http://www.eggsbibliotheque.com/solo-‐projects/2011-‐caves-‐of-‐requirement-‐/ 3 John Storey, Cultural Theory and Popular Culture a n Introduction 4th ed. (University of Georgia Press 2006), p.6.
palm fronds and by inventing her own cubbyhouse with the psychedelic womb cave, Lisa both mimics and reinvents an architecture of escape. Childhood can be seen through the rose tinted glasses of adulthood as a utopian location of innocence and pleasure and similarly travel can be longed for as the time when you will finally let your hair down, or, live a little. Times and locations when seen from afar offer most appealingly the hazy hue of idealisation, they are utopias just beyond the reach of touch, as the reality of the experience is inevitably an awkward collection of lived moments and not an idealistic dream space. According to researcher Deb Moore despite the active regulation of children’s play spaces (the industrially designed playground space, complete with rubber matting and padded monkey bars) children contrast this highly directed play by actively creating alternate spaces that they can access individually and secretly. These ‘secret places’ are not spectacular in any obvious sense, for example they could be a shrub, tree or rock that the child has identified as special and theirs and therefore have devoted an imaginative focus. They are generally indistinguishable to the uninitiated eye and it is in these places that the child has unrestricted access to his or her own thoughts. This is an early example of the creation of an exterior space to catalyse interior thoughts, as, Kids don't have a lot of physical control over the way they live or occupy the world but they do have some internal control, they have some control over how they perceive the world and imagine the world4. The creation of these places empowers children by giving them a way to retreat from the imposition of order that the adult world uses to protect and support them. These secret spaces give the child a vital sense of autonomy, a way to be oneself on ones own terms, and the possibility of existing as an abstract, liberated from their everyday identity. As adults we continue to create these sanctuaries and retreats for ourselves; times and spaces that help regulate emotional and psychological waves providing a buffer for the pressures of the outside world (although these adult versions are generally more complicated and expensive). There exists an irony also that as first world inhabitants we live highly materially comfortable lives. Yet despite our physical comforts anxiety and fatigue remain pervasive laments in our society and Lisa’s work speaks to this desire to transcend ones own space in the world, and the longing to retreat from external forces of control. Caves of Requirement provides its audience with a brief holiday by transporting them to a friendly dream-‐space. The work also announces its own theatricality 4“ Nature D eficit Disorder: The Mind in Urban Combat”, ABC Radio N ational, a ccessed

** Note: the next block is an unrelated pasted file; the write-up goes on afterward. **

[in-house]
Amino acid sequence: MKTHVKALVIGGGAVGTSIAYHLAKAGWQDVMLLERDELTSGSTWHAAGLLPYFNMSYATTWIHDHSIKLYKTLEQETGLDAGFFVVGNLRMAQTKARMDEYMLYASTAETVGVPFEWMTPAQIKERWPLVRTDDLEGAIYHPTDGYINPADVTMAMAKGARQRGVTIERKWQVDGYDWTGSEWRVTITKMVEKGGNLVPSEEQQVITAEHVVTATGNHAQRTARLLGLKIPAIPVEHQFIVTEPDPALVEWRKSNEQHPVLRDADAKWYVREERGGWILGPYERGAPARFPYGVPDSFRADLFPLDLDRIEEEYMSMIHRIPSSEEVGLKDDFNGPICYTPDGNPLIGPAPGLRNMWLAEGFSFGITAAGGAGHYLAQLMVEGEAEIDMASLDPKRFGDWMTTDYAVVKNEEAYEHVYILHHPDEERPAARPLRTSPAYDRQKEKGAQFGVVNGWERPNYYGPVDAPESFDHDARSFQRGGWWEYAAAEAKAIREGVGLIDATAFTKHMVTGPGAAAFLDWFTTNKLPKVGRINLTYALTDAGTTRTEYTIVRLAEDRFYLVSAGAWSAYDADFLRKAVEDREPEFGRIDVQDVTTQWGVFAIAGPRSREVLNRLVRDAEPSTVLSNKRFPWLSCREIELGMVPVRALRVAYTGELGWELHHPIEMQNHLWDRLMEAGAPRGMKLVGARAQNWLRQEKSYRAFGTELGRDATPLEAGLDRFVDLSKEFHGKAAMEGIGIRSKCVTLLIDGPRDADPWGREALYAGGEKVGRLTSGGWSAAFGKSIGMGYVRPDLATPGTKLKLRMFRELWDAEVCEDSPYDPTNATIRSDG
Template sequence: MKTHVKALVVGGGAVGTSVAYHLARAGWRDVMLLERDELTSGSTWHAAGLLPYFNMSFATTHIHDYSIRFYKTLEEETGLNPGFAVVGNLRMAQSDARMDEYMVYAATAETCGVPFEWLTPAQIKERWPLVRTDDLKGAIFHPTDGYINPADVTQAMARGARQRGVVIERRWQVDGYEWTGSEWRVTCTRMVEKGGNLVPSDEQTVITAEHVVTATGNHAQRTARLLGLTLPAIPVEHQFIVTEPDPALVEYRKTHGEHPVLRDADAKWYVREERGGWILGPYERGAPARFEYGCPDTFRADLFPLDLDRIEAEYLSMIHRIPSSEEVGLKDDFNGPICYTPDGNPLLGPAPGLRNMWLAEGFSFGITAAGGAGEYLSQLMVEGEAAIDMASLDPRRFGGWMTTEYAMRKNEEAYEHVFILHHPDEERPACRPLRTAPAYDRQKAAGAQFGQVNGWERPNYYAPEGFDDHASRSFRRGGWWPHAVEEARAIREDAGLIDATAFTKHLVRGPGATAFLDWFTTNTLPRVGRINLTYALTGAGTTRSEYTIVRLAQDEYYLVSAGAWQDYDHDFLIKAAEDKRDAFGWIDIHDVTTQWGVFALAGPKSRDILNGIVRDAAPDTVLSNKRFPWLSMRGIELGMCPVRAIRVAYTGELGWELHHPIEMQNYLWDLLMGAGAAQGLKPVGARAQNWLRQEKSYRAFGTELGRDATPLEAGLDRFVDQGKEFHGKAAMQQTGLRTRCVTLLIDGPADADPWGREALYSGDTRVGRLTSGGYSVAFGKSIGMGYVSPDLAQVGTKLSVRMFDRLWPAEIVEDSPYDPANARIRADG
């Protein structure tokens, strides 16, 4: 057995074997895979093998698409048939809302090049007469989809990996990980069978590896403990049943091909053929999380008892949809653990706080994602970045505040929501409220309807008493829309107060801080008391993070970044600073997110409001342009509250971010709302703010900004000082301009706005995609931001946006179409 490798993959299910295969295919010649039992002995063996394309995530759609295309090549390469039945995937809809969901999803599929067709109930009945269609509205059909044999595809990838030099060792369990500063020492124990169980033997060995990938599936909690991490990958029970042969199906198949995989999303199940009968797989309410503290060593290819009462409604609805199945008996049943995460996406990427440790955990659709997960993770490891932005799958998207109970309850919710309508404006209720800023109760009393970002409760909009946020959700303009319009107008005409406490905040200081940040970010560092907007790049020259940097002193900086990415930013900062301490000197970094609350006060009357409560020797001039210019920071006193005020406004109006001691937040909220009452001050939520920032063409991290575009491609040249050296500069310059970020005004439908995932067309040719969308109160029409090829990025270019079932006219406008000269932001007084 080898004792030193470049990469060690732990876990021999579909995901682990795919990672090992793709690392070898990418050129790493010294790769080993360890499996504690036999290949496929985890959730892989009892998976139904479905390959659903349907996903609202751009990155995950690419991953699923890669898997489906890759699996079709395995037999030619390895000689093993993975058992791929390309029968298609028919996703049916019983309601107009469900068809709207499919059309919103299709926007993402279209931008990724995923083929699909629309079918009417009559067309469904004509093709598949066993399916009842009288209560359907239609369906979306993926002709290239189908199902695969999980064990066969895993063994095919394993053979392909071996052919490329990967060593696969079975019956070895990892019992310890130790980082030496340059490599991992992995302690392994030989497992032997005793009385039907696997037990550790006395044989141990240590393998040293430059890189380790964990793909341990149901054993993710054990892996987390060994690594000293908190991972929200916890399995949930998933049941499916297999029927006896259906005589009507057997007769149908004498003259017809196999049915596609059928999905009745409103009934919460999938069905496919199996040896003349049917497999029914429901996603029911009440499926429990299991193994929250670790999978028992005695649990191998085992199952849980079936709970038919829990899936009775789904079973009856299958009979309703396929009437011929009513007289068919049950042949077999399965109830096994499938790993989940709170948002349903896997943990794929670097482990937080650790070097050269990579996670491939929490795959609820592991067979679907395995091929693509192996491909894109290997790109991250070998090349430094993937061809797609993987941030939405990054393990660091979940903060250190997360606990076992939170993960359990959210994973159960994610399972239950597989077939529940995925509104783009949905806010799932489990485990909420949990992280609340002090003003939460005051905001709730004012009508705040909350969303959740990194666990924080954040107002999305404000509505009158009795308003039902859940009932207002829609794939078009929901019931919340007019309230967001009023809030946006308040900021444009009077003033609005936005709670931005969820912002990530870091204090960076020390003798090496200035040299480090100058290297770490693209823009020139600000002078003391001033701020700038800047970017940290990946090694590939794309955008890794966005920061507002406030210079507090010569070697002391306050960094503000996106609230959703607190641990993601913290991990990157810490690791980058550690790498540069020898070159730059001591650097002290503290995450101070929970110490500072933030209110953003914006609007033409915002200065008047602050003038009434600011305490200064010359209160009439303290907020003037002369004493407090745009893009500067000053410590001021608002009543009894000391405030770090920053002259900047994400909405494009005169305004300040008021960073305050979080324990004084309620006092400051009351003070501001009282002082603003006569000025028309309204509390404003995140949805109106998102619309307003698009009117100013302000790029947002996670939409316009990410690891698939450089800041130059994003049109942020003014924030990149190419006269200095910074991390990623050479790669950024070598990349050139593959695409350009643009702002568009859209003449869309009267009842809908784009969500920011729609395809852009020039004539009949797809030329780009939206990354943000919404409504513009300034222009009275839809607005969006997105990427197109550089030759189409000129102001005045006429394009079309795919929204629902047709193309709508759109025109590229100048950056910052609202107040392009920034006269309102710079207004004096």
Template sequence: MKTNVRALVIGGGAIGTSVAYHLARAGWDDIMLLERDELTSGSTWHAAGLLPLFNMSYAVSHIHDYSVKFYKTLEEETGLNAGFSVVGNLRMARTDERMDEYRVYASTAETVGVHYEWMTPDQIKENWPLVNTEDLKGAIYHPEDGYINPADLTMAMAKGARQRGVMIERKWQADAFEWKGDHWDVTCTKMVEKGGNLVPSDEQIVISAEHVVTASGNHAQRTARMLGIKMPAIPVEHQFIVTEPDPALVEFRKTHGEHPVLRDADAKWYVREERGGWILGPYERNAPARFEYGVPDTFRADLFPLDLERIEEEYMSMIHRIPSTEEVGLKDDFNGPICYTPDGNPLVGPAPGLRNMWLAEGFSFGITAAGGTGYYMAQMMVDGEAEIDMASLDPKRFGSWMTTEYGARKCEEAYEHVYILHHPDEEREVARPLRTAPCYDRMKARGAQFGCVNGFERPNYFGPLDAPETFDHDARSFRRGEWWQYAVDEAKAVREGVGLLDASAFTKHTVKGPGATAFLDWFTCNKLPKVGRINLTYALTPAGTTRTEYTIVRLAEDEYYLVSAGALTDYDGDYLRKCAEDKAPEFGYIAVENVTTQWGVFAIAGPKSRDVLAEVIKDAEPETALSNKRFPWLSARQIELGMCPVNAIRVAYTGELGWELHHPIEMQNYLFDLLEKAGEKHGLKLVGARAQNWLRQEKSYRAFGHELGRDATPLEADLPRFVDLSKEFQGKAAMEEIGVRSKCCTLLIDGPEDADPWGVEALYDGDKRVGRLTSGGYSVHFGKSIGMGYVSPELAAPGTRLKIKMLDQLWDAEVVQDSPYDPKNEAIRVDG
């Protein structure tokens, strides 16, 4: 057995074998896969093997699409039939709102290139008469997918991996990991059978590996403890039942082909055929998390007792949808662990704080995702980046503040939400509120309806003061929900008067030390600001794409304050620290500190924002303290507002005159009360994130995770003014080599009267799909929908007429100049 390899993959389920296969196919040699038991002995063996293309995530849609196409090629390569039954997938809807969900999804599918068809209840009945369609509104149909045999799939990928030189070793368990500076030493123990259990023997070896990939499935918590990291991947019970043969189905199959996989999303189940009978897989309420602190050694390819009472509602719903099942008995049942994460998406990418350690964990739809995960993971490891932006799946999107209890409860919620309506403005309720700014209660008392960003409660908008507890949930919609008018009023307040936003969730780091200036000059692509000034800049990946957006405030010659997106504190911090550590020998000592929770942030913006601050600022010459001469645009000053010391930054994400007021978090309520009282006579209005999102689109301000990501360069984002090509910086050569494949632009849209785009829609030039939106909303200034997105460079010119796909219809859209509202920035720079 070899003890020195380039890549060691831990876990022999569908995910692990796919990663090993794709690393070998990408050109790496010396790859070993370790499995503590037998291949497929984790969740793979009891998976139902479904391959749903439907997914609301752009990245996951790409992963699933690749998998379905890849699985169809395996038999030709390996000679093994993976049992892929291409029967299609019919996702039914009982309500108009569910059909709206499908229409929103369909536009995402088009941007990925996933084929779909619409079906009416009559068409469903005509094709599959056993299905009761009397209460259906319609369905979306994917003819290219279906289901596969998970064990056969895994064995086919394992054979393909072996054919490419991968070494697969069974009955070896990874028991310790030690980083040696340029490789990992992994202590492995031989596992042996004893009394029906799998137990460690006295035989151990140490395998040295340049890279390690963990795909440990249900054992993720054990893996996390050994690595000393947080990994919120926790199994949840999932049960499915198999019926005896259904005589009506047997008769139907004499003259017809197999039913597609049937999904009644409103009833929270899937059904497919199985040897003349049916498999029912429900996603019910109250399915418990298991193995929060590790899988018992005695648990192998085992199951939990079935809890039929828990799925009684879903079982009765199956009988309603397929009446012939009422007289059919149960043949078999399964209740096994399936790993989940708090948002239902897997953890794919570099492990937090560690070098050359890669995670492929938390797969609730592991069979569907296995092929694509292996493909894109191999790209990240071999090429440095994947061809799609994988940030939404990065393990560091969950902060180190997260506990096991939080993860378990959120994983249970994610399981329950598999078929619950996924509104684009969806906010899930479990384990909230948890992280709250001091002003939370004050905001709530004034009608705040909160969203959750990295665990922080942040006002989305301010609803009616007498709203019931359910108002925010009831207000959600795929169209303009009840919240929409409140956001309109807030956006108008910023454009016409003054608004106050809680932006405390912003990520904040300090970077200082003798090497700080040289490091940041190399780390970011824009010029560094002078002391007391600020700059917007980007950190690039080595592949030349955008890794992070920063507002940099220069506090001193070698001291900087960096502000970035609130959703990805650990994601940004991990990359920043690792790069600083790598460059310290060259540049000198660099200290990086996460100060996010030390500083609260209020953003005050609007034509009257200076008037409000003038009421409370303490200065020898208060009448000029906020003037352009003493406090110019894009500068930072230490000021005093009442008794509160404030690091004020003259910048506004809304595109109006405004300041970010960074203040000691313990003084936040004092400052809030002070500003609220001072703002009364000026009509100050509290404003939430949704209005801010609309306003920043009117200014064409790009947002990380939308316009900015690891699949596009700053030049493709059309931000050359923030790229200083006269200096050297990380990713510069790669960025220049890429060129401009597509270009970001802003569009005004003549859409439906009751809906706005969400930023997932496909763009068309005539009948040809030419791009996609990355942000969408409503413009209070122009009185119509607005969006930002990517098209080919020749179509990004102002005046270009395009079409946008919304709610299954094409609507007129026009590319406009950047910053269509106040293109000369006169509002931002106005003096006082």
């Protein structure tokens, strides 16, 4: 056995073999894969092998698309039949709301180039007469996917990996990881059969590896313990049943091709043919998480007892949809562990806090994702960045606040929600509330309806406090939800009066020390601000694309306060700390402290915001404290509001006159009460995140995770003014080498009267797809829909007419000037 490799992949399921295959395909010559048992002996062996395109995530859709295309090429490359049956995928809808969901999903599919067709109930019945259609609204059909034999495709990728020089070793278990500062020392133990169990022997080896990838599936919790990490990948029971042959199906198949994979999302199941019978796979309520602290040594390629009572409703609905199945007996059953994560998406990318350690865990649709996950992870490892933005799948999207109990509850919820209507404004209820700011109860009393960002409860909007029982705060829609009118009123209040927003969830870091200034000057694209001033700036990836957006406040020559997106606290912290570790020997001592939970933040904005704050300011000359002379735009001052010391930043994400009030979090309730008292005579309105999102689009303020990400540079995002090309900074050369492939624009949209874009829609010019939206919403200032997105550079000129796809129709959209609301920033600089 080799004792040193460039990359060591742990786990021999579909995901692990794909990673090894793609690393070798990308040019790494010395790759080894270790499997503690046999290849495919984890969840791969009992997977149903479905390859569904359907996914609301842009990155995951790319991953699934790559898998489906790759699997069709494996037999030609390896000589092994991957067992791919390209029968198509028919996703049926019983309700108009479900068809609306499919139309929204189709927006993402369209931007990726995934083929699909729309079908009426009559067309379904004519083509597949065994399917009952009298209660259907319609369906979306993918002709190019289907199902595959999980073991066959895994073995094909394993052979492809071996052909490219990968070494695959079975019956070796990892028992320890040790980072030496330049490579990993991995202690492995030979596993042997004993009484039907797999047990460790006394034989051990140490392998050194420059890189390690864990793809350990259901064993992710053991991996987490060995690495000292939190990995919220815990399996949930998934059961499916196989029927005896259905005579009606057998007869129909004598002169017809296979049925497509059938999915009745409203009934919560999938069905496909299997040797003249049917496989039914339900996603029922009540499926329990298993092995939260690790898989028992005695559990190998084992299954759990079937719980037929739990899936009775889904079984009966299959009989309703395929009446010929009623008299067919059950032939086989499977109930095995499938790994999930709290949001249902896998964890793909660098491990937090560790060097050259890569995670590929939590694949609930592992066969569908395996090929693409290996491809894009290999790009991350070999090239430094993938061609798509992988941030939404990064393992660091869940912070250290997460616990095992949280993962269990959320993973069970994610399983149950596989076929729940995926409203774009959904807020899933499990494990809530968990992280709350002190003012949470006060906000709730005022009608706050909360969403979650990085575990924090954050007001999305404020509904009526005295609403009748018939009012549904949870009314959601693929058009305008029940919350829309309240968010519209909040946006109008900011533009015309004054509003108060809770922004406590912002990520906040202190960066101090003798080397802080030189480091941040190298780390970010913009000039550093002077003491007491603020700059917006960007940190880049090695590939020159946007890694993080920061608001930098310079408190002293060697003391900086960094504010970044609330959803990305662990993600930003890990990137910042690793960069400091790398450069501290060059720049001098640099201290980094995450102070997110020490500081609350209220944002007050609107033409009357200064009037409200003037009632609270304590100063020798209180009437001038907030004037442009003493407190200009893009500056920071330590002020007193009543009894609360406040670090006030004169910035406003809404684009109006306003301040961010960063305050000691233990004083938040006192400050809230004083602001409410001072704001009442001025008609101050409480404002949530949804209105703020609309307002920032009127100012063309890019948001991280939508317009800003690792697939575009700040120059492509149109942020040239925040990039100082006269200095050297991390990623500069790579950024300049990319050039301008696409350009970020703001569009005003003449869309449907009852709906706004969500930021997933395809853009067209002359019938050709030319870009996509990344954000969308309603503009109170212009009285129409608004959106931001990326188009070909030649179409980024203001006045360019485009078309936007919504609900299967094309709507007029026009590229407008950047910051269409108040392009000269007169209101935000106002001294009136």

November 24, 2011http://www.abc.net.au/radionational/programs/allinthemind/nature-‐deficit-‐ disorder-‐the-‐mind-‐in-‐urban-‐combat/3040068, ABC Radio National
with an easy sense of humour, like a film set; there is a thin veil between the constructed illusion and the rest of the world. There is a riff here of worlds within worlds. We enter from outside to the gallery space, to the artwork (a controlled creative manipulation) and then as we encounter this installation we are we are pointedly invited into our own internal headspace of the skull (which is also a cave).